On a Wednesday afternoon in early June, a few miles southeast of Essig, MN, I drove an empty asphalt county road past School Lake before turning north on Lakeside Road near the Cottonwood River. Gravel grumbled under the tires, and to my left a field of knee-high corn shimmering in the sun sloped down to a line of trees a half mile distant. I slowed the Jeep, pulled into a short driveway before a broad expanse of mowed grass on the right, stopped, and stepped out. In the alfalfa field that butted up against the north edge of the grass, a tractor hitched to a baler stood idling while the driver and another man standing below him talked, their voices muddled by the engine rising and falling on the breeze. I opened the tailgate and pulled out a folding chair I use for camping, a green can of Cutter insect repellant, a bottle of water, and a black case with paper and pen zippered inside. I trudged across the grass to the shade of a young walnut tree, unfolded the chair, and sat down. Then, I opened the page of typed notes I brought along, considered the stones before me, and wondered. About prairie before plows. About homesteading and typhoid, weathering and war. And about the lives of the Vollmers whose graves are marked here in Sigel Township Cemetery.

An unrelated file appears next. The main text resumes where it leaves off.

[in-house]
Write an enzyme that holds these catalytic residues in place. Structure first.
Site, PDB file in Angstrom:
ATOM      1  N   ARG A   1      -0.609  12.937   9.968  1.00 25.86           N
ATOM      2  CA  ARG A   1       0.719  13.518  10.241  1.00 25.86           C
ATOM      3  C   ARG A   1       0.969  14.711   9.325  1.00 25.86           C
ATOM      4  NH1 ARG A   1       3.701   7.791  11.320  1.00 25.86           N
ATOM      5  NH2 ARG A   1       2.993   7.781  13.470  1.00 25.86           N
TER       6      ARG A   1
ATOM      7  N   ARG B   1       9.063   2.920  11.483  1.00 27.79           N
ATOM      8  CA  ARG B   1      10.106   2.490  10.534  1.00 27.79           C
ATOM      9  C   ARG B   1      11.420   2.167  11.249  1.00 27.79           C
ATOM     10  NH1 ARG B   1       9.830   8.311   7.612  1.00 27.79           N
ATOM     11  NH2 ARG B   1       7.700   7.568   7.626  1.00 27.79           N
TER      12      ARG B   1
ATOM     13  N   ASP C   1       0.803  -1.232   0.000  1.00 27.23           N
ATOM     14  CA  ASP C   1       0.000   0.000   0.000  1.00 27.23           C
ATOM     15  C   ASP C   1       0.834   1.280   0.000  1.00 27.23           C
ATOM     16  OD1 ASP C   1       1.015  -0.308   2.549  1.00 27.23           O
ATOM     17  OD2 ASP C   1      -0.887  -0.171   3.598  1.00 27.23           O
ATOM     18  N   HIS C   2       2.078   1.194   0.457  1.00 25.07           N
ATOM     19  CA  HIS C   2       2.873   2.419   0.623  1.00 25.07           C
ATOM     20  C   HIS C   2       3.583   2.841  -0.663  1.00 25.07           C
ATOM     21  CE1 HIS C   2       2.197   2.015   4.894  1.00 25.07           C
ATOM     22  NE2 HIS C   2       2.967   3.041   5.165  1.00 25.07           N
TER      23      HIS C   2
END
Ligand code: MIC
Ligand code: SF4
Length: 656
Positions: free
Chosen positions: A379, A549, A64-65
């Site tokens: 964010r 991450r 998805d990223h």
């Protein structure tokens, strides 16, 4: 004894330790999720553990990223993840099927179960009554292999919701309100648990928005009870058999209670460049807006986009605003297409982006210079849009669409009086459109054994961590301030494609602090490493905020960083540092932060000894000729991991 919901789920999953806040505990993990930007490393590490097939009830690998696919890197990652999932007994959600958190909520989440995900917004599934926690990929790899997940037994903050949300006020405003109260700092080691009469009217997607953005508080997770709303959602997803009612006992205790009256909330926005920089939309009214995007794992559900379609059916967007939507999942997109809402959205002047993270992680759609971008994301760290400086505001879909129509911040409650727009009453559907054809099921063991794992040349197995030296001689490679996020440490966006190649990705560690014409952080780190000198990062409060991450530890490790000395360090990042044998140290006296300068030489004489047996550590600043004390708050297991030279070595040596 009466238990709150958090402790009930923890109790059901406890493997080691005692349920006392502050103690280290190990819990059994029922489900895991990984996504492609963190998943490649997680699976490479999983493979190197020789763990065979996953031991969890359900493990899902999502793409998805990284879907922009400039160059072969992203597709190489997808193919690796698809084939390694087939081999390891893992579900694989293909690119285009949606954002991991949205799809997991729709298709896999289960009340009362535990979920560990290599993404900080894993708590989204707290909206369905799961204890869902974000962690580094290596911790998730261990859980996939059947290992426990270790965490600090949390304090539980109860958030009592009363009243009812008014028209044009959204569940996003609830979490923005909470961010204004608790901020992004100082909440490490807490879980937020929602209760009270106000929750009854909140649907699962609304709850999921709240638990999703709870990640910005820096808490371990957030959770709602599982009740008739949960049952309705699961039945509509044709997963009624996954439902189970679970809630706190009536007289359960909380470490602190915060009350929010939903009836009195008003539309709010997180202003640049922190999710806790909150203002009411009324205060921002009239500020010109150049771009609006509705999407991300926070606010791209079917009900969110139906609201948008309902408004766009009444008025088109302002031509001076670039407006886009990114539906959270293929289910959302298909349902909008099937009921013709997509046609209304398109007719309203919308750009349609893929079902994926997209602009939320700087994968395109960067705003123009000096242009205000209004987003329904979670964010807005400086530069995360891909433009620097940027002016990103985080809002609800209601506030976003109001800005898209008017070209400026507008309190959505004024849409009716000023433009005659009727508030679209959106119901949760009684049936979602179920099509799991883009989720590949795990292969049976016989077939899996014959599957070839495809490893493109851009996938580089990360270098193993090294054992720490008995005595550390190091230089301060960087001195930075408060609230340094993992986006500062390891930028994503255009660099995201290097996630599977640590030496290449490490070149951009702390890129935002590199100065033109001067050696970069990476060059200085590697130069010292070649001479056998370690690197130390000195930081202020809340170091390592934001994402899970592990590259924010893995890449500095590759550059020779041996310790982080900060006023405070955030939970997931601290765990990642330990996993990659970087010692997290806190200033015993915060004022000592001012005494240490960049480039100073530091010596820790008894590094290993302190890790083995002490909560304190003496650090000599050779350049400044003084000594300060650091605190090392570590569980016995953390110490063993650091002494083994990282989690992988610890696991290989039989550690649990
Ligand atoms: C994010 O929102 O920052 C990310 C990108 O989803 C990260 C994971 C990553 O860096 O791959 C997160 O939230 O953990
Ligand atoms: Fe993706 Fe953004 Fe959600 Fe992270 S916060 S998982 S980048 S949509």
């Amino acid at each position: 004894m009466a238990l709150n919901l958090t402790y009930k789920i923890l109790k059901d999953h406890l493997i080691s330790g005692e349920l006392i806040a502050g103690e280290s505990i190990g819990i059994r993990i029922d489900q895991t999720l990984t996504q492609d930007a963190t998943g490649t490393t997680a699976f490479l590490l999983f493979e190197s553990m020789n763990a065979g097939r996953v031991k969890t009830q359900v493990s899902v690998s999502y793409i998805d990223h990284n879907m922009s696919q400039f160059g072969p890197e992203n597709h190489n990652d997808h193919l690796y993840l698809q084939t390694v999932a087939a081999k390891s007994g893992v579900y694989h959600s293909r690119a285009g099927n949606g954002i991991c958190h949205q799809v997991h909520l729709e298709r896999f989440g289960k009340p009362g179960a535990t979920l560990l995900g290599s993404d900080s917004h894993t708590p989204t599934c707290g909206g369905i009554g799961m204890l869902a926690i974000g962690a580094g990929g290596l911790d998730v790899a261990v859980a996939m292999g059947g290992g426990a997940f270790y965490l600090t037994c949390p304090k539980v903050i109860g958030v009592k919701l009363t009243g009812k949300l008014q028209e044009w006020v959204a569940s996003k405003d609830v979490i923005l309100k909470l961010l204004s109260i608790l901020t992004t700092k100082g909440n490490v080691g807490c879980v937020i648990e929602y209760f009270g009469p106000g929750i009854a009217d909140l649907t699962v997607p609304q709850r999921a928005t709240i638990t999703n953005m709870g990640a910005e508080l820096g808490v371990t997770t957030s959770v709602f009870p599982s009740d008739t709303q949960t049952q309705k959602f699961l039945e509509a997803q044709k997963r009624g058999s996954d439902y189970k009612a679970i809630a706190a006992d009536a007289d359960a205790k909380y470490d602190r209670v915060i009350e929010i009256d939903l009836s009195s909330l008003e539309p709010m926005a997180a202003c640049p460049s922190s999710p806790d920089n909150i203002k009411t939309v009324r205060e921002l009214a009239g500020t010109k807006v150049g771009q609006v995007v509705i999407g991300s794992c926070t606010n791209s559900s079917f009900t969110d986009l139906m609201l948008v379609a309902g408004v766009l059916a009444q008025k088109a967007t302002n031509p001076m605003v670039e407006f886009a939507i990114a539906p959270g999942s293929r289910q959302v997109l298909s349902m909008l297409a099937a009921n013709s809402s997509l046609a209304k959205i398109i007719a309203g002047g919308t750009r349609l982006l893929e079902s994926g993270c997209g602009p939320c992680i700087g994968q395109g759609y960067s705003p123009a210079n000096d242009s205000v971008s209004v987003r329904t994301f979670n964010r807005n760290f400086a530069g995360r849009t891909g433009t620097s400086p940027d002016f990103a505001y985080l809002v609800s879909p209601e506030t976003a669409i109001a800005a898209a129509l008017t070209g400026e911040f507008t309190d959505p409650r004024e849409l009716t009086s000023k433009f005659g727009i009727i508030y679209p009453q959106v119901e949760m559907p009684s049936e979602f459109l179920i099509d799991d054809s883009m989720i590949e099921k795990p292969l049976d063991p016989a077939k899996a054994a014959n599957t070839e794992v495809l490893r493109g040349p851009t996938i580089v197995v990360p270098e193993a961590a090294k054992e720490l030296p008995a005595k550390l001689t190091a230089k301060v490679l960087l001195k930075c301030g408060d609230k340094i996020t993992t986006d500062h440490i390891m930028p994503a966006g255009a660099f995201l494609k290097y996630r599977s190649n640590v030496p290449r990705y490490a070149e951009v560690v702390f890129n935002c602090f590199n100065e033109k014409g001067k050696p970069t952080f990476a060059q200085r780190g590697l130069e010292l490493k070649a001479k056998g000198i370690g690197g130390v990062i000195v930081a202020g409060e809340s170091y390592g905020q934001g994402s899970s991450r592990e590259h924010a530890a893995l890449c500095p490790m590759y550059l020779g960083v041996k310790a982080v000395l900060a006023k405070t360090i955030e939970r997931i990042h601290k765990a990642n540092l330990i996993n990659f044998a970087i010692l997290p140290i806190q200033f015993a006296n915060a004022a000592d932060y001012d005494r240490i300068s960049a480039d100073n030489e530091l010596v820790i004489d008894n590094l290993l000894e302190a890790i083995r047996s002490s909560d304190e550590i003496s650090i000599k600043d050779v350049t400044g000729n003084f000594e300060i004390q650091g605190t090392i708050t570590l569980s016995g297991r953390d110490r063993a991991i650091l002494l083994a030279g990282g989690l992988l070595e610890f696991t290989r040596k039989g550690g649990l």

My German forebears, about whom I knew very little until about two years ago, are buried here and in cemeteries scattered around southwest Minnesota and northwest Iowa. About a half mile north of Germantown, Iowa, a tiny Lutheran farm community in O’Brien County, I found the graves of my paternal great-great grandparents. One of the brown upright stones, only about a foot tall with the face slanted toward the sprawling fields to the west, gives the plain facts about my great-great grandma in four brief lines: “SOPHIA TESCH / Geb. KNUTH / Geb. 15 Mai 1829 / Gest. 22 April 1907.” While it’s not difficult to figure out that the dates mark her birth and death, the unfamiliar abbreviations sent me to a German-English dictionary. “Geb.” is short for “Geboren,” which means and even resembles the English word “born,” while “Gest.” is “Gestorben,” or “died,” from the German verb sterben, which is also related to the English word “starve.” The second line, “Geb. KNUTH,” or “born Knuth,” gives her maiden name. Like Sophia’s headstone, others in this cemetery are as tight-lipped as Germans, stating only names and dates; however, some of the older ones are more effusive, especially those that mark children’s graves and those that begin, “Hier ruhet in frieden” (“Here rests in peace”), or contain a verse from Brahms’s Requiem or the New Testament. Diedrich Pauling’s marker, for example, includes this quotation from Revelation 14:13 in German: “Selig sind die Toten / die in dem Hern / sterben. / Denn ihre Worke folgen / ihnen nach” (“Blessed are the dead / that die in the Lord. / And their works shall follow them”). This, too, despite its relative length, conveys the stoicism, the Old Country Lutheranism, and the importance of work even in death. And though I don’t share all of their qualities, these are the people from whom I come.